BBC SSO / Widmann

City Halls, Glasgow

The most intriguing facet of Thursday’s lively BBC SSO afternoon concert was not so much the outré demeanour of Jörg Widmann the dynamic and extrovert clarinettist, as the daring originality and inward intensity of his own compositions, which were the exclusive content of the programme’s second half.

The most substantial work was the last to be performed, a sequence of ten concise movements under the collective title Freie Stücke (Free Pieces), written 20 years ago in honour of his teacher Wolfgang Rihm’s 50th birthday. They are highly individual, fascinating in their explorations of subliminal, modernist timbres, and yet proclaim some nostalgia for the aphoristic no-nonsense ideals of such early serialists as Webern. 

That latter quality was prominent in a performance, conducted by Widmann, that bore electrifying transparency and attention-grabbing immediacy. Opening with a fog of spectral harmonics, and a slow steady crescendo that grew menacingly like an approaching swarm of bees, the initial impression was of a slow-burner, a landscape more primordial than existential.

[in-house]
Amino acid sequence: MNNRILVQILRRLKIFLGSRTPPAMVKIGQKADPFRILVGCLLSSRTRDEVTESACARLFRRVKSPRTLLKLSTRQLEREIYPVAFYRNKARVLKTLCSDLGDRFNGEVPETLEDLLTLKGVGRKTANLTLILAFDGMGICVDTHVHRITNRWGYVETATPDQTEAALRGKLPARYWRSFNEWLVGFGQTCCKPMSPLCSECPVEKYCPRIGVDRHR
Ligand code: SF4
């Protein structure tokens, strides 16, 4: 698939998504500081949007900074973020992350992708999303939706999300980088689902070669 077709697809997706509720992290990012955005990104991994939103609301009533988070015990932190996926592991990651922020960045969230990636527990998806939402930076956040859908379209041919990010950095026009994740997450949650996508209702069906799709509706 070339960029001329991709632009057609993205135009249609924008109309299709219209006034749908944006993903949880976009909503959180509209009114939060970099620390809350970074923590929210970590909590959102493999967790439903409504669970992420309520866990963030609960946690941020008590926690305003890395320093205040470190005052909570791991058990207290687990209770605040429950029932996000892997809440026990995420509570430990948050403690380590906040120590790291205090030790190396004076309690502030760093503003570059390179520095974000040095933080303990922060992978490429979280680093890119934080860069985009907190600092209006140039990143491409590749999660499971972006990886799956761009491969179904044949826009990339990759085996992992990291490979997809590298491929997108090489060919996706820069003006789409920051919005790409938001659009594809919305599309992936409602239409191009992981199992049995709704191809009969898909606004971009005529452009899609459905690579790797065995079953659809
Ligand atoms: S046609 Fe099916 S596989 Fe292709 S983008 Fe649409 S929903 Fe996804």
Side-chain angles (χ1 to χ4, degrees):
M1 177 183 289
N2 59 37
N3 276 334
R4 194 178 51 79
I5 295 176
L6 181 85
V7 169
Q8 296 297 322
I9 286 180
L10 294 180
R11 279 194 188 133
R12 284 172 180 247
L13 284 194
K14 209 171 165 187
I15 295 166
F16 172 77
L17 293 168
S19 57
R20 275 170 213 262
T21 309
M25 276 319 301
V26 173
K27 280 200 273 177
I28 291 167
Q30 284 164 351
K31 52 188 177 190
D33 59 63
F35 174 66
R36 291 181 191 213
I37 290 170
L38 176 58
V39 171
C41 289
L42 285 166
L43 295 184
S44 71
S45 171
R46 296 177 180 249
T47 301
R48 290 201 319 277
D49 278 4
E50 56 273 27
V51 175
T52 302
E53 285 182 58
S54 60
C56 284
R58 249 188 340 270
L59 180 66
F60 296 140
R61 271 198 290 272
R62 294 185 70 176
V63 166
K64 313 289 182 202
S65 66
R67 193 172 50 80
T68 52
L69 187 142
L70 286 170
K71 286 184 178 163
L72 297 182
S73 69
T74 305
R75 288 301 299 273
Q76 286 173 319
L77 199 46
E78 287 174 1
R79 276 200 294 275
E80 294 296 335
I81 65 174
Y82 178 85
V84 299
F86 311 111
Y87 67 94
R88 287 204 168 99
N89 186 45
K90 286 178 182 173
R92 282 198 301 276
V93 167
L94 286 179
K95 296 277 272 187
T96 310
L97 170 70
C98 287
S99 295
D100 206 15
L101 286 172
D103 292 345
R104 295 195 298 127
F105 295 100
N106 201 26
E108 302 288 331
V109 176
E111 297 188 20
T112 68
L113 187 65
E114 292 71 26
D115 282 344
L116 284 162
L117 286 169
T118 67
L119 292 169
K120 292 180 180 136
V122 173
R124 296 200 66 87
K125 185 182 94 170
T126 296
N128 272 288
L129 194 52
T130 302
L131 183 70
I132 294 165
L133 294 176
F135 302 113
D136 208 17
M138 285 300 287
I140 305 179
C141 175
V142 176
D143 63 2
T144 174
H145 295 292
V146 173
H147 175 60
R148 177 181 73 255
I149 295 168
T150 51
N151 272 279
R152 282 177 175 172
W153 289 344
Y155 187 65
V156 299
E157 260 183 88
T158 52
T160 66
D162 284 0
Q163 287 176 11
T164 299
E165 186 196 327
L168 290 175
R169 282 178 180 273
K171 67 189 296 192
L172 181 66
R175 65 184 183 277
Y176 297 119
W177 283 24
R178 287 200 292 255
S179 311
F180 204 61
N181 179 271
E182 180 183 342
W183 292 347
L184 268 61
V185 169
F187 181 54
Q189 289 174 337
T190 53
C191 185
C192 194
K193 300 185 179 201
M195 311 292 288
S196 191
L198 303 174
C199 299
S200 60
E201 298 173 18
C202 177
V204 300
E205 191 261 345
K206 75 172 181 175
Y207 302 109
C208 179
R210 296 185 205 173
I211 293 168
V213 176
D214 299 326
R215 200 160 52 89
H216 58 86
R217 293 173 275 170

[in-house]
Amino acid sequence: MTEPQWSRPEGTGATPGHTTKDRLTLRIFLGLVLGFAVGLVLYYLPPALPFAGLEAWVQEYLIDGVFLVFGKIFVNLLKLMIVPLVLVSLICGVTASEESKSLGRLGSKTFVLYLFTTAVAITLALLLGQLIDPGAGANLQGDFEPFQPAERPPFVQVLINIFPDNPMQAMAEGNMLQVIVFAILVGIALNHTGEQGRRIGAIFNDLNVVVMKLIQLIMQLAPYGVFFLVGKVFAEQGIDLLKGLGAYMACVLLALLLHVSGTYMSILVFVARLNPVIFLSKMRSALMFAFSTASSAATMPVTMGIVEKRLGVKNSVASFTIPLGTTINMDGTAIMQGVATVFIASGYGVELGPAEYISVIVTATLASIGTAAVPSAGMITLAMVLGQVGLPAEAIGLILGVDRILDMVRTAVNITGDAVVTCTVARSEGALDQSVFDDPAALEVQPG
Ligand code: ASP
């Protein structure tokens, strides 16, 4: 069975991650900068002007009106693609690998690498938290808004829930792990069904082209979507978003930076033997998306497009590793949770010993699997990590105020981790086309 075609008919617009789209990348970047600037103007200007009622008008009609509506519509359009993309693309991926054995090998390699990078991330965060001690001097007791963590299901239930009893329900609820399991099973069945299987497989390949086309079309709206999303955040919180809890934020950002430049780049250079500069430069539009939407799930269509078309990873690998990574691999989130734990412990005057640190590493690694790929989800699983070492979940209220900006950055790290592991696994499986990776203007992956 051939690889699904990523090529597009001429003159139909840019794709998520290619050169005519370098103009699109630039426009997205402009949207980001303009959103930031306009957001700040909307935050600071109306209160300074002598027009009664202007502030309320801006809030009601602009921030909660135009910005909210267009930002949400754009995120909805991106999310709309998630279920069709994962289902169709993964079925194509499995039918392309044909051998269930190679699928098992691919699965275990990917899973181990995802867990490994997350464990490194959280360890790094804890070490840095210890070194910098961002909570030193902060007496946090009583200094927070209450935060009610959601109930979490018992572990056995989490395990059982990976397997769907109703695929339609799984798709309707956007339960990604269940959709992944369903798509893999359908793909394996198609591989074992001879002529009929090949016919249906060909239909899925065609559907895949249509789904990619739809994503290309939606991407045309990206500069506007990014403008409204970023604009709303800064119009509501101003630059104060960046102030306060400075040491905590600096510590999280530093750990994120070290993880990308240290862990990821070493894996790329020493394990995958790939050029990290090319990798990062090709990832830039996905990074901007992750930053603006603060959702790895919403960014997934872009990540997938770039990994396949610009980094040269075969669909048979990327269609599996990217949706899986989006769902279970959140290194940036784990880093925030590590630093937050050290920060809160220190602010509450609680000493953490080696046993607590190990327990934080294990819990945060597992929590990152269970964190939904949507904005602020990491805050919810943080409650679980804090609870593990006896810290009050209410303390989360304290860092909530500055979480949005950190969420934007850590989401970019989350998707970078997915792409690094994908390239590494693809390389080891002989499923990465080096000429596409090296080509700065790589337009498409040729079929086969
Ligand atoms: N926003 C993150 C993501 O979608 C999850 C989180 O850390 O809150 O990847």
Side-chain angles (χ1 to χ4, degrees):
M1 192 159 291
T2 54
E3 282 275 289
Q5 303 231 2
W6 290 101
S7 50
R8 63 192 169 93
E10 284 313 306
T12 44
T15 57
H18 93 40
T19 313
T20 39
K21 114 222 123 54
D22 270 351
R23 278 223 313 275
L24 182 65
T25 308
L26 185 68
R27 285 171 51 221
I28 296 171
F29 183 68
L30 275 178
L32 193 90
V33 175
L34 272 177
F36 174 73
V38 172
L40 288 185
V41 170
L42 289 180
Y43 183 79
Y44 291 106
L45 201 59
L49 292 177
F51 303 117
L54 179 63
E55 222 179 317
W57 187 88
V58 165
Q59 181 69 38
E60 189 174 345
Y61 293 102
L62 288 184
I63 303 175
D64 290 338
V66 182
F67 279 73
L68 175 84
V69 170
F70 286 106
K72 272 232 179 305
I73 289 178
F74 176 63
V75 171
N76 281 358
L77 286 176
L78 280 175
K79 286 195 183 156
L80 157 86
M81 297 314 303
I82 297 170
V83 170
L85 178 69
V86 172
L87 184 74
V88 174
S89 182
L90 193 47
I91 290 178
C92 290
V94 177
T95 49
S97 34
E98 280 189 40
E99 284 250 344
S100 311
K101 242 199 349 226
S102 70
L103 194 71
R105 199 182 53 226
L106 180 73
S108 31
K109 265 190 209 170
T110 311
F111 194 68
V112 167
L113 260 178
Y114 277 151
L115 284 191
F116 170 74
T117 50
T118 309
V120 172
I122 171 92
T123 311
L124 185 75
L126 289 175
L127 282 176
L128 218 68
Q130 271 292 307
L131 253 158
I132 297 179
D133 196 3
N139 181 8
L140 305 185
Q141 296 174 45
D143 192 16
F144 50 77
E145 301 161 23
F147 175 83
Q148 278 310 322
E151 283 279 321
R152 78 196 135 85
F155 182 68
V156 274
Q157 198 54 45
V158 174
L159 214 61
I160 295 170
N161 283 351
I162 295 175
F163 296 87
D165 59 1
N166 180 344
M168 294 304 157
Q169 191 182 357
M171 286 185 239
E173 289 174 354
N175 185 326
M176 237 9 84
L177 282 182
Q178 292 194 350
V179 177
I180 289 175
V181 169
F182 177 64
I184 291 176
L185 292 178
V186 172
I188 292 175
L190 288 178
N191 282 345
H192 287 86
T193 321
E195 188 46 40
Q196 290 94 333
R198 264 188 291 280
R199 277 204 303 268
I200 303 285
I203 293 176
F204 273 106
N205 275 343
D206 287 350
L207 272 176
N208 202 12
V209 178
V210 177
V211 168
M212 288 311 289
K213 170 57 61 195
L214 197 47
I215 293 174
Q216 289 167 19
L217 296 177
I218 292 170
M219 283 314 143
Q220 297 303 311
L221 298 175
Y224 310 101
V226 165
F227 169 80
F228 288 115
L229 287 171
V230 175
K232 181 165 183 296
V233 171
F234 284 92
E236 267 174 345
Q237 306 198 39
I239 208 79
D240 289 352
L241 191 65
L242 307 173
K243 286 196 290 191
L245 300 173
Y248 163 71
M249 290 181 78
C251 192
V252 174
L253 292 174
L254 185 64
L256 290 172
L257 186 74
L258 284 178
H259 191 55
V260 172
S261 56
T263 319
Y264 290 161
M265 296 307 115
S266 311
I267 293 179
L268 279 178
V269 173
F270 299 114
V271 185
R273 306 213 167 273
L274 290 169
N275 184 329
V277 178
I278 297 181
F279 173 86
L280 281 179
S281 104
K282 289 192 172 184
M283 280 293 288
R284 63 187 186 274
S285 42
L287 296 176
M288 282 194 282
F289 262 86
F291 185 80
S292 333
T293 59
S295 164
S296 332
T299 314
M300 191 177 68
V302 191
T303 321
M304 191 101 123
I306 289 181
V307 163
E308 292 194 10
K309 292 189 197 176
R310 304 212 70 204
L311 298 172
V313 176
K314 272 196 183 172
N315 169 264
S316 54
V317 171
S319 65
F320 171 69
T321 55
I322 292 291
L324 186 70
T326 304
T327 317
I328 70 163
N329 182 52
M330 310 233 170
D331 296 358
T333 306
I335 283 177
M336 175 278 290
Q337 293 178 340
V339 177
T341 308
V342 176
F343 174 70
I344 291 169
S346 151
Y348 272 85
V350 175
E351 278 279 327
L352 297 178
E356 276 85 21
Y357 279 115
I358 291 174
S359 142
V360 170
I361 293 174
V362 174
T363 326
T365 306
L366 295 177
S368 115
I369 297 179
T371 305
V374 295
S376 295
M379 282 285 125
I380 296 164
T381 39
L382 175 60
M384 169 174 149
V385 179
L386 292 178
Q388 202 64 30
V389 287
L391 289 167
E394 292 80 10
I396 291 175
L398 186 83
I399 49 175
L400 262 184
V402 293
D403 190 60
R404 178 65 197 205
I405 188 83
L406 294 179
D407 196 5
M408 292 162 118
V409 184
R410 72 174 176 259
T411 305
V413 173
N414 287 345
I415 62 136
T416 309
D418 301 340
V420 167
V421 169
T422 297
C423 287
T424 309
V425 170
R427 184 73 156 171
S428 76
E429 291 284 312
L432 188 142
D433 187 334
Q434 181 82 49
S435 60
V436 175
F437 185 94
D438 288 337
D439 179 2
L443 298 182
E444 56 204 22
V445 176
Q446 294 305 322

But that was simply a seedbed for the maturing of ideas, the nuclear intensity of which erupted in short, sharp utterances. With the SSO on full alert, the result was as exhilarating as it was, at times, bewildering. A whispered (concert) ending seemed the perfect way for Widmann to emphasise its unorthodoxy.

He preceded that with a one-man performance of his Fantasie for solo clarinet, a dazzling floor show that said as much about his action-packed personality as his extraordinary facility on the instrument. Packed with darting, scattergun references to jazz, klezmer and so much more, Widmann’s delivery was a stage sensation.

The first half was given over to more established repertoire. SSO Leader Laura Samuel led a neatly charismatic performance of Mozart’s Divertimento in D major, K136, that showed the strings at their corporate best, a glowingly superb and motivated team.

Widmann’s first appearance was in Weber’s Clarinet Quintet in B flat major (its chamber music version). If there were moments in his animated performance that drew a slight ugliness of tone, the instinctive, breathless theatricality of it more than compensated.

Ken Walton

This concert was recorded by BBC Radio 3 for future broadcast 

Portrait by Marco Borggreve